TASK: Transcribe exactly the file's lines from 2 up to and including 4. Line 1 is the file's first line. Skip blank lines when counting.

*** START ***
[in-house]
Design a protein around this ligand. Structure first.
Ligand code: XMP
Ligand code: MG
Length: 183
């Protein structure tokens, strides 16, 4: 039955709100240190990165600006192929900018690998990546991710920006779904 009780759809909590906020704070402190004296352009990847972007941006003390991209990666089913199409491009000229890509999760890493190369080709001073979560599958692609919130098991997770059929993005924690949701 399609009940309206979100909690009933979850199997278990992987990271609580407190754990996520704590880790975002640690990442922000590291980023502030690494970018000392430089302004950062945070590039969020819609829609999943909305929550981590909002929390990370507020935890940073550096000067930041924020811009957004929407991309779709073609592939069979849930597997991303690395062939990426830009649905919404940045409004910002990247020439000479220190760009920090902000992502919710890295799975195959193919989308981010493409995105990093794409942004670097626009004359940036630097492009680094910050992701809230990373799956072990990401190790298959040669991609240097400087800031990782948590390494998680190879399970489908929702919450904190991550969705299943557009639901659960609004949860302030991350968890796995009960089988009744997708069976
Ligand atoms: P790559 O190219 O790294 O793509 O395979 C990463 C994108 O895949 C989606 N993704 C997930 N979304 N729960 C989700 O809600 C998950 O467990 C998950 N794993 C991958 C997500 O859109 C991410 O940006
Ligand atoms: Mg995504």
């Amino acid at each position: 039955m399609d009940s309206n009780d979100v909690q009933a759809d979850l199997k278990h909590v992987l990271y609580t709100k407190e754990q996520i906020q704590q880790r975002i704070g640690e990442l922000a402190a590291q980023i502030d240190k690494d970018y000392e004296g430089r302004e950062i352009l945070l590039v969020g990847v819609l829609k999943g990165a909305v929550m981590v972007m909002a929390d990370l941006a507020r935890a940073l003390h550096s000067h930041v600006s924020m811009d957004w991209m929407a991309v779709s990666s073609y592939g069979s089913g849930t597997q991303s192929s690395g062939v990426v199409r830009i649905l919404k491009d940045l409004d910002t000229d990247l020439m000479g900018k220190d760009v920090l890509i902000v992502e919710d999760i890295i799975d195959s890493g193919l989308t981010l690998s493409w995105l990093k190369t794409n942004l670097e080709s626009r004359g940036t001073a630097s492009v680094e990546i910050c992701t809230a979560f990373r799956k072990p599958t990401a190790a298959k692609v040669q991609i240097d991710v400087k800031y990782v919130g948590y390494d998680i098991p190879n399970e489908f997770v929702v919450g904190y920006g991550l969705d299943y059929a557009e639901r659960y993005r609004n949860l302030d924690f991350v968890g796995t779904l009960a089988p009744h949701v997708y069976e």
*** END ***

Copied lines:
Design a protein around this ligand. Structure first.
Ligand code: XMP
Ligand code: MG